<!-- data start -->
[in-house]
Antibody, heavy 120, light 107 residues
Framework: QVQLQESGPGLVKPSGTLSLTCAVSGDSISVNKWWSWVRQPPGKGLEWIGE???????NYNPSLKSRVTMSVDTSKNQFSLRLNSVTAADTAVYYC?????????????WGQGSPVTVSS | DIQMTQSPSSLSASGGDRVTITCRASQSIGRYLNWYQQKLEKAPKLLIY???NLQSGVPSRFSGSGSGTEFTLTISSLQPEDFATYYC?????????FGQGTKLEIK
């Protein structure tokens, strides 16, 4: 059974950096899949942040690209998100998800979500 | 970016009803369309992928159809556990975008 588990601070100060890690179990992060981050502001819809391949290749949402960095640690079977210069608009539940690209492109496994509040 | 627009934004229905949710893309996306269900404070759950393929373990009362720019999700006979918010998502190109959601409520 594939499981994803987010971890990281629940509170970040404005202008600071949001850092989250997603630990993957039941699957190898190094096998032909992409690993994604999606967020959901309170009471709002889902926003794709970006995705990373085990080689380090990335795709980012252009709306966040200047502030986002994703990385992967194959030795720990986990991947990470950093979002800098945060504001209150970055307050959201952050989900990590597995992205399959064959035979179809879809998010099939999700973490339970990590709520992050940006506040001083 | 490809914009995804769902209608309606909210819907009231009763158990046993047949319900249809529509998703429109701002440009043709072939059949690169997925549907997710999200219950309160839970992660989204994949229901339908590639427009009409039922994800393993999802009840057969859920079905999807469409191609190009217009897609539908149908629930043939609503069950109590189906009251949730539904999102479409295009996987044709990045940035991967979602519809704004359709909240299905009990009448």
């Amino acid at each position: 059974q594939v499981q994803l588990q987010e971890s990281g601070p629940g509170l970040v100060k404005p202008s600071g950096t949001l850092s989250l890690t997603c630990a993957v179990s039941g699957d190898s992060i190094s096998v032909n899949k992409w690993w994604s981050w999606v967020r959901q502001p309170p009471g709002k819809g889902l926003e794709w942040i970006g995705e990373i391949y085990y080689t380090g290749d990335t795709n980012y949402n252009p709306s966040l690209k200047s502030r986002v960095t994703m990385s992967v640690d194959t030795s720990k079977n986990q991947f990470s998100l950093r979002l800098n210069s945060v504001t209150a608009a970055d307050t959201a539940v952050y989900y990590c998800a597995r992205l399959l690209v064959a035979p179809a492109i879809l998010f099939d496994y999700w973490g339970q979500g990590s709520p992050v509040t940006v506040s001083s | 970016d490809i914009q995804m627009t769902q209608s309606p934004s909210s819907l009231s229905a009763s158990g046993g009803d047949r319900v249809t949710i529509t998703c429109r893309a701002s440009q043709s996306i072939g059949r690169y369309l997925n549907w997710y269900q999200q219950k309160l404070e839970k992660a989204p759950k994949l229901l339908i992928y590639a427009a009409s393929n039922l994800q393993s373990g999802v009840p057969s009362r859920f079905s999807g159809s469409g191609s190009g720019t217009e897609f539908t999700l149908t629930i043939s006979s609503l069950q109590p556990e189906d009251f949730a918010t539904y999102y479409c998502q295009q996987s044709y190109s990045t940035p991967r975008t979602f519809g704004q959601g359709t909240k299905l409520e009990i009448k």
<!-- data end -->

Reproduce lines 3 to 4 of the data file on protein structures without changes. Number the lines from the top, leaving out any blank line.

Framework: QVQLQESGPGLVKPSGTLSLTCAVSGDSISVNKWWSWVRQPPGKGLEWIGE???????NYNPSLKSRVTMSVDTSKNQFSLRLNSVTAADTAVYYC?????????????WGQGSPVTVSS | DIQMTQSPSSLSASGGDRVTITCRASQSIGRYLNWYQQKLEKAPKLLIY???NLQSGVPSRFSGSGSGTEFTLTISSLQPEDFATYYC?????????FGQGTKLEIK
């Protein structure tokens, strides 16, 4: 059974950096899949942040690209998100998800979500 | 970016009803369309992928159809556990975008 588990601070100060890690179990992060981050502001819809391949290749949402960095640690079977210069608009539940690209492109496994509040 | 627009934004229905949710893309996306269900404070759950393929373990009362720019999700006979918010998502190109959601409520 594939499981994803987010971890990281629940509170970040404005202008600071949001850092989250997603630990993957039941699957190898190094096998032909992409690993994604999606967020959901309170009471709002889902926003794709970006995705990373085990080689380090990335795709980012252009709306966040200047502030986002994703990385992967194959030795720990986990991947990470950093979002800098945060504001209150970055307050959201952050989900990590597995992205399959064959035979179809879809998010099939999700973490339970990590709520992050940006506040001083 | 490809914009995804769902209608309606909210819907009231009763158990046993047949319900249809529509998703429109701002440009043709072939059949690169997925549907997710999200219950309160839970992660989204994949229901339908590639427009009409039922994800393993999802009840057969859920079905999807469409191609190009217009897609539908149908629930043939609503069950109590189906009251949730539904999102479409295009996987044709990045940035991967979602519809704004359709909240299905009990009448």